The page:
“He keeps an online diary,” said Grandma, back to her cheery-self. “Quite racy in parts.”

“You read his diary?” said Fig, sounding a little disapproving.

“It’s a public blog,” said Grandma. “Anyone can read it, if they want.”

“What were you doing with the bone, Ubik?” said Point-Two. “Are you making plans with the 4th? Are you going to divvy up the galaxy between you?”

“What are you talking about?” said Ubik. “I was just making sure he’s nice and secure. He’s an extinction-level catastrophe. I have to keep an eye on him, don’t I?”

“Yes,” said Point-Two. “And if people find out about what you’ve got in that bone, they’ll kill us all to get it. Did you see those three men with Quincy? They’ve got organics. We have no idea how powerful they really are.”

“I don’t think we’ve got too much to worry about with them,” said Ubik. “They’re what they appear to be. Harmless.”

“Harmless?” said Fig. “They’re insurrectionists.”

“Amateur insurrectionists,” said Ubik. “They only dream about fighting the good fight. It’s just a boys’ fantasy. Nothing wrong with it. Not everyone is born with everything handed to them.” He got up and put on the clothes that had been left for him. And then his boots. He slipped the bone into a slot on the side of his Delgados.

“You mean like Quincy Quazem of the Quazem dynasty, owners of the whole planet?” said Point-Two, not buying the ‘stealing bread is not a crime if you’re starving’ argument. “And the dream they’re fighting for is equal rights for sex mannequins.”

“Hey, they’re fighting for what they believe in,” said Ubik. “Not their fault they’re delusional, is it?”

“Perhaps,” said Fig, “they really have created sentient robots.”

“Even if they have,” said Point-Two, “it’s got nothing to do with us, has it?”

“Dinner is ready,” said a voice from behind Point-Two.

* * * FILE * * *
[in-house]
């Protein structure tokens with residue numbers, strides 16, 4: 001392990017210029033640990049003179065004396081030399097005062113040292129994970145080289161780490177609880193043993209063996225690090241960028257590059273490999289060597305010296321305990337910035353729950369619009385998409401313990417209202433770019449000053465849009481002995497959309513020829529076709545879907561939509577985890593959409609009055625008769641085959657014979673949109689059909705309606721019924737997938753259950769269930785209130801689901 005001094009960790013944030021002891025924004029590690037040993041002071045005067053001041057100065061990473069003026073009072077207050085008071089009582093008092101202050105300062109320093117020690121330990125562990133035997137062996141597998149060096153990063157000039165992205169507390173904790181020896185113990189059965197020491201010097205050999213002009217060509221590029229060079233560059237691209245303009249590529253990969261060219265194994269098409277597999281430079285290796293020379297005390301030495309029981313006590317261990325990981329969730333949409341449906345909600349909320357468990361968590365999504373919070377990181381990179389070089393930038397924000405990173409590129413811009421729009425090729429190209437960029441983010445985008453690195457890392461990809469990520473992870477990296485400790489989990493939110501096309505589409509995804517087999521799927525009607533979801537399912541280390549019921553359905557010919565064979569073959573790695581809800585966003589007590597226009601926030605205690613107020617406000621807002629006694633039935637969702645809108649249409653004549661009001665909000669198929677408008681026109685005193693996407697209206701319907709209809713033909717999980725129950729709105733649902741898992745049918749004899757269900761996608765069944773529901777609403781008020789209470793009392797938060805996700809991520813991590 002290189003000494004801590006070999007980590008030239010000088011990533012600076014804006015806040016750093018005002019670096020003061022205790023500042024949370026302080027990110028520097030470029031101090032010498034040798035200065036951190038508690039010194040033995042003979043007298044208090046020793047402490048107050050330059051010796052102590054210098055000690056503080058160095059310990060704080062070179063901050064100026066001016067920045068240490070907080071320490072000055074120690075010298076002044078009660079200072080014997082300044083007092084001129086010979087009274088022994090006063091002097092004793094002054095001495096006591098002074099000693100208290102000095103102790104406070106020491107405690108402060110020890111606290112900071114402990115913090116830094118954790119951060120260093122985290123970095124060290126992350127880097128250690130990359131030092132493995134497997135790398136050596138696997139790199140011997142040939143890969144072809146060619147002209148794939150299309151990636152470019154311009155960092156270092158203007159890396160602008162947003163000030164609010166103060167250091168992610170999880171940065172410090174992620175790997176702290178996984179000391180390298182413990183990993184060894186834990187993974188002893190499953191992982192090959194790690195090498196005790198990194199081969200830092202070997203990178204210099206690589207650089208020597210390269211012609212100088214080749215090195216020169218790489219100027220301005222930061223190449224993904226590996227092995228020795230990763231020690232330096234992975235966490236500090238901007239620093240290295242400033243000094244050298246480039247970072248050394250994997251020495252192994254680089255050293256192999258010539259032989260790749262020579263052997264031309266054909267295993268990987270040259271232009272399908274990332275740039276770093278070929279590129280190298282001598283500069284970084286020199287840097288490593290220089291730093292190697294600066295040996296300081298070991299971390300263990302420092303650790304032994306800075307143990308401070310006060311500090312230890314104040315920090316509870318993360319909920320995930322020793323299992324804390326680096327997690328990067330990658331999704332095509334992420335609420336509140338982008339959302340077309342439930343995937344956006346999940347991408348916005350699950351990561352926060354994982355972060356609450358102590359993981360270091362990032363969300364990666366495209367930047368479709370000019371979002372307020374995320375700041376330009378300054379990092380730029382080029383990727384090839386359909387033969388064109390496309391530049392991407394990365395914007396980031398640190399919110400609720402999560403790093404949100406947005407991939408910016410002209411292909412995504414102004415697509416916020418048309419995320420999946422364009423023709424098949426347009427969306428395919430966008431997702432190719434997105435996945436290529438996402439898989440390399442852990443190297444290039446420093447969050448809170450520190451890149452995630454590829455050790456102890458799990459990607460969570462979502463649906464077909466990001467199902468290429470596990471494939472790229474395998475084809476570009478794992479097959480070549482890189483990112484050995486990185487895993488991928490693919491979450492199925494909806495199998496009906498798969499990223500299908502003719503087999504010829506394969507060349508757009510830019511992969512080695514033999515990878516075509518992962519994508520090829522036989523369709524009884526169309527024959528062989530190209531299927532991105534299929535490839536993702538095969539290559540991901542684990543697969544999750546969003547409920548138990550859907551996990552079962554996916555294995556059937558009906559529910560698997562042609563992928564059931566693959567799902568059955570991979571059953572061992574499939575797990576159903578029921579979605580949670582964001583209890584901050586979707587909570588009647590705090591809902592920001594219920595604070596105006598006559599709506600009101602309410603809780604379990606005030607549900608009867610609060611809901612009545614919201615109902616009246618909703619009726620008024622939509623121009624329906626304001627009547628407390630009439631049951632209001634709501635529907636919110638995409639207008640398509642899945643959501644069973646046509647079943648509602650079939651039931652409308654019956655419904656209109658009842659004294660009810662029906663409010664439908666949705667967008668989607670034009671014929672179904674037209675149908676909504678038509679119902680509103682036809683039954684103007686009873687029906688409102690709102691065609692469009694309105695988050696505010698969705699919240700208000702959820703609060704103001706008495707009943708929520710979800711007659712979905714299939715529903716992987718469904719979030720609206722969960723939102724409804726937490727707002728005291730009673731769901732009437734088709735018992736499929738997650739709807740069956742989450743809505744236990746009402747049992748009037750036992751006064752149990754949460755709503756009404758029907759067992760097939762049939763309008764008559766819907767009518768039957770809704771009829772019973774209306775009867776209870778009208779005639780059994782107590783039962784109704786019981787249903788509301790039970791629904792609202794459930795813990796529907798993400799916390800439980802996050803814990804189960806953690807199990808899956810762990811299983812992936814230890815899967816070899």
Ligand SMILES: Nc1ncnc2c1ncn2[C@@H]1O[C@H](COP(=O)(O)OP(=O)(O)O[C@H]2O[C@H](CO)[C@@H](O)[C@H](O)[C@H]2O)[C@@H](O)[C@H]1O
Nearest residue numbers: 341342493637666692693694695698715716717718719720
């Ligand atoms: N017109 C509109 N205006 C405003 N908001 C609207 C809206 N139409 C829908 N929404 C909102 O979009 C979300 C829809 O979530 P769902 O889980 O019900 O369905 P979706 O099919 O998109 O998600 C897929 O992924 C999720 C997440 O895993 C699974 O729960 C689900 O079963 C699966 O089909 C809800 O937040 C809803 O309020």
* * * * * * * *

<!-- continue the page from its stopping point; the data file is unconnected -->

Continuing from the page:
“Yeaaahhh,” he yelled as he jumped away from the door. A robot stood there, a blonde with dazzling blue eyes, smiling innocently. “Don’t creep up on people like that.”

“Understood,” the robot said. “Please follow me.”

“You can talk,” said Fig. The robot looked at him.

“You have to pose it as a question,” said Ubik.

“So you can you talk then, can you?” asked Fig.

“I am conversant in all known languages. Which language would you prefer?” She smiled mechanically.

“Hey, I’m hungry,” said Weyla through the doorway. “I can smell the food from here.”

Ubik walked up to the robot and said, “Lead the way.”

She nodded, smiled, returned her face to a neutral position, and then turned and walked off.

Point-Two swept his gaze over the group. Only he and Ubik had decided to wear the clothing provided, which made him feel a little uncomfortable. Anything that connected him to Ubik made him feel uncomfortable.

Everyone had gathered in the corridor by now and followed after the robot, its hips swaying in a feminine manner, but with such metronome-like precision, it didn’t seem natural.

The Seneca sisters wore their usual gear, weapons and all. Chukka and Bashir were in their VendX uniforms. The four of them had a pensive air about them. Chukka seemed to be staring at Fig a lot, who was doing his best to ignore her.

“Have you noticed there are no women here?” said Leyla, her voice laced with suspicion.

“What are you talking about?” said Ubik. “I’m surrounded by women.”

“I mean Quincy and his friends,” said Leyla. “No women, just robots.”

“What are you trying to imply?” said Fig. “That these men wish to live in a world where robot women who do exactly as they’re told are considered equal to women in every way? You don’t need to point out the obvious.”

Leyla frowned. Had it been any other man talking to her like that, she would have a much more overt response.

“I’m surprised you’re not more supportive of them,” said Ubik. “If more men stuck with their robot lovers, women everywhere would be a lot happier, don’t you think?”

Leyla frowned even more.

Weyla put a firm hand on Ubik’s shoulder, making him wince. “There’s a maxim among the Corps. A man who says all the right things should never be trusted. That’s the only reason I haven’t killed you already. You never say the right thing.”

Ubik raised his hand and patted Weyla’s affectionately, making her instantly withdraw it. He looked over his shoulder and smiled. “And I never will.”

 

 

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Afterword from Mooderino